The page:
Academic Year 2012-13

Peter Crume
Georgia State University

Teachers’ Perceptions of the Use of ASL Phonological Instruction to Develop ASL and English Literacy in an ASL/English Bilingual Preschool

This study seeks to understand how teachers who work in an ASL/English bilingual educational program for preschool children conceptualize and utilize phonological instruction of American Sign Language (ASL). While instruction that promotes phonological awareness of spoken English is thought to provide educational benefits to young children in terms of language proficiency and reading development, there is limited understanding of how deaf children may similarly benefit from the phonological instruction of ASL. Part of the resistance in promoting ASL may be related to how signs native to ASL do not directly map onto written English in the same way that spoken English does. However, ASL does incorporate the use of the manual alphabet, which is a manual representation of the English alphabet, and many signs in ASL do have partial or full overlap to words in the orthography of English. ASL also has the added benefit of being considered the natural language for deaf people, which allows teachers with the means to promote ASL phonological instruction in ways that allow students to access and utilize a language in ways that can maximize their ability to process information.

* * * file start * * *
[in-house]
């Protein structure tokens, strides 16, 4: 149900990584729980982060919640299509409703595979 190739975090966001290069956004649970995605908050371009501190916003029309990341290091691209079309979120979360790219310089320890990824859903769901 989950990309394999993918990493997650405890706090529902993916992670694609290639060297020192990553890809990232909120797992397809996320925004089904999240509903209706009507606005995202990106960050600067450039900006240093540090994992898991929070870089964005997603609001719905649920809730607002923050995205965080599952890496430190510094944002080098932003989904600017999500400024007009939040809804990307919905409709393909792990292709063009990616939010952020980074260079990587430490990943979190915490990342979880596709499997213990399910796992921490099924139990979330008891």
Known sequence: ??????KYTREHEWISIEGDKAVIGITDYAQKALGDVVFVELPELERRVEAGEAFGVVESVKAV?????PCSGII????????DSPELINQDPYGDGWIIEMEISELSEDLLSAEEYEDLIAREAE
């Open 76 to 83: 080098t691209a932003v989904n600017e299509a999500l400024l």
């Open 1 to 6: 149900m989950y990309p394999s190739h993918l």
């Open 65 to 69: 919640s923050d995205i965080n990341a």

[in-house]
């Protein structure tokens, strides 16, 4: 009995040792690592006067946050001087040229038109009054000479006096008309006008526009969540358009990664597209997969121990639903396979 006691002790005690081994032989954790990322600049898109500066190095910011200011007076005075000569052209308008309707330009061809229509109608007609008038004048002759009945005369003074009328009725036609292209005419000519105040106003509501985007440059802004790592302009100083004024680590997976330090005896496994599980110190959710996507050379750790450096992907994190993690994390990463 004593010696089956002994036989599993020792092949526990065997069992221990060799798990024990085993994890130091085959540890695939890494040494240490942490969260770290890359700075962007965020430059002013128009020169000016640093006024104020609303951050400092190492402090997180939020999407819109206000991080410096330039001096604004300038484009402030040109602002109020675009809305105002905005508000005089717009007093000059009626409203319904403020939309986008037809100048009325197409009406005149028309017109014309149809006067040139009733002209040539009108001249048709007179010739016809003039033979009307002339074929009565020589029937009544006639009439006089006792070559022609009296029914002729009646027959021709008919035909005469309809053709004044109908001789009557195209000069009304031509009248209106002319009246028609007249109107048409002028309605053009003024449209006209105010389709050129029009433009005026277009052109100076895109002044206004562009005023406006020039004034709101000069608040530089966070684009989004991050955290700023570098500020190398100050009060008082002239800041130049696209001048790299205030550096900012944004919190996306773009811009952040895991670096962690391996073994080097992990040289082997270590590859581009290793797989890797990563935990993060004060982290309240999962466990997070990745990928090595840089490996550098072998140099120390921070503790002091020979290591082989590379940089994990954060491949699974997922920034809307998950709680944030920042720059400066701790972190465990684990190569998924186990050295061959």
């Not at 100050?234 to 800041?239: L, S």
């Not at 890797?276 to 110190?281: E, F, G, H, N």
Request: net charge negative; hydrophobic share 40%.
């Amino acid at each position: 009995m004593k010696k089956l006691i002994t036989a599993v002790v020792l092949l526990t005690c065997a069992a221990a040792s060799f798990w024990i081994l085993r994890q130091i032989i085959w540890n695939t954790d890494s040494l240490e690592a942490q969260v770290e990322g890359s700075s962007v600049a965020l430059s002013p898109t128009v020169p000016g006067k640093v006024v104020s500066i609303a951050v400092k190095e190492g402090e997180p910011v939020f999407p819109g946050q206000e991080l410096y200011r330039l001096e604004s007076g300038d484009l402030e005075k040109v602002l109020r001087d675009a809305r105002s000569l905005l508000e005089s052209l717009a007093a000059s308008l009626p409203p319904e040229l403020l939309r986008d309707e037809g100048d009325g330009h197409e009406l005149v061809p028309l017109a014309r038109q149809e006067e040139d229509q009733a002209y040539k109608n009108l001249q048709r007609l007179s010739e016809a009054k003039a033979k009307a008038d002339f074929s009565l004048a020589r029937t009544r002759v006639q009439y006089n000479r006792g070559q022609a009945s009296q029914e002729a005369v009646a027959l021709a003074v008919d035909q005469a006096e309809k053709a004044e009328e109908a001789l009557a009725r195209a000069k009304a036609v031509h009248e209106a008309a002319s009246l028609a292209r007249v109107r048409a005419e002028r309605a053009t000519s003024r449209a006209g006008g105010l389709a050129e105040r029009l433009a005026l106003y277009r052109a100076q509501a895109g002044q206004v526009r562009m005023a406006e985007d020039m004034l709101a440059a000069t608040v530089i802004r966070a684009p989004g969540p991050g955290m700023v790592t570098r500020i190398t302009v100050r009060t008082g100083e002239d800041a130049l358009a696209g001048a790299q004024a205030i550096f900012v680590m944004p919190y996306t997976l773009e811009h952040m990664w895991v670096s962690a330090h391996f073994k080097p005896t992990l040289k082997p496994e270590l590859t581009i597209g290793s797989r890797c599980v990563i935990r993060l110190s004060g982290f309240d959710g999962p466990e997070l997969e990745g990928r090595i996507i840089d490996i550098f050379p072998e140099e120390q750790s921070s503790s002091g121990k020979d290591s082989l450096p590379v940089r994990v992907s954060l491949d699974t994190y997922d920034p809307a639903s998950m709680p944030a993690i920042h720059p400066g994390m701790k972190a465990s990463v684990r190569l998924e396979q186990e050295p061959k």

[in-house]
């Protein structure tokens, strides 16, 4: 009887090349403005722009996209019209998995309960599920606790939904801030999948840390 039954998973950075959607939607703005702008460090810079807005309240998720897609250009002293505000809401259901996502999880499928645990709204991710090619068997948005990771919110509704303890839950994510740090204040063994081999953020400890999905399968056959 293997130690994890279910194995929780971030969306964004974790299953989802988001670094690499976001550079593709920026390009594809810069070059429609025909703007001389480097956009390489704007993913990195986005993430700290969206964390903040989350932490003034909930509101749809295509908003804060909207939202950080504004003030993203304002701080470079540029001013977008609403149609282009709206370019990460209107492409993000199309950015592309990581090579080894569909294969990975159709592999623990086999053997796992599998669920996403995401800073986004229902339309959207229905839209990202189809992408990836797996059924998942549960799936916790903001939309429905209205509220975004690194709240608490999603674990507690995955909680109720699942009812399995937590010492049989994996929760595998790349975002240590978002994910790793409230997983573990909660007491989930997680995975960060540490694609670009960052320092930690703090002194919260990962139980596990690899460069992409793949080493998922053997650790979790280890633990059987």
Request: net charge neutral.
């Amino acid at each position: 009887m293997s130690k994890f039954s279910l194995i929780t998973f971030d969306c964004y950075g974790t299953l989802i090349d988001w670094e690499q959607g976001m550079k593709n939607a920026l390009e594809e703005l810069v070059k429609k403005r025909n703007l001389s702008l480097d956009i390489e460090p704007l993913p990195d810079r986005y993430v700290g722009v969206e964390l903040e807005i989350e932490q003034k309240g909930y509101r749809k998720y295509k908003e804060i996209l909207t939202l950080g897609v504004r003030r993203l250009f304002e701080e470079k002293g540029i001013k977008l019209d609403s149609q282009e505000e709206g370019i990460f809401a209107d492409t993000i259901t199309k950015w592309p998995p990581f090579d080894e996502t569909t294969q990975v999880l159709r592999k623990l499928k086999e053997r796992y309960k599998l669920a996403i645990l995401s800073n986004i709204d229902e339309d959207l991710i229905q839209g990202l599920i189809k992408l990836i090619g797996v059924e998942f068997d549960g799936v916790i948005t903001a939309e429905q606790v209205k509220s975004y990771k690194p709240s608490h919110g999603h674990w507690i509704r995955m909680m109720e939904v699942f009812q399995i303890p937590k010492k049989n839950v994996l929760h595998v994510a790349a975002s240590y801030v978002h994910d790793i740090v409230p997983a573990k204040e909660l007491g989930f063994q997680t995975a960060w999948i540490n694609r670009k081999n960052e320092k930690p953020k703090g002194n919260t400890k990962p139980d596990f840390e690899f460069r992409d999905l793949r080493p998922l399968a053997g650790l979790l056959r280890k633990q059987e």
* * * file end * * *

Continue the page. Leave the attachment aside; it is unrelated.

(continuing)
Where: MLC (Library) B111
When: October 24, 2012
Time: 4:00-5:30 PM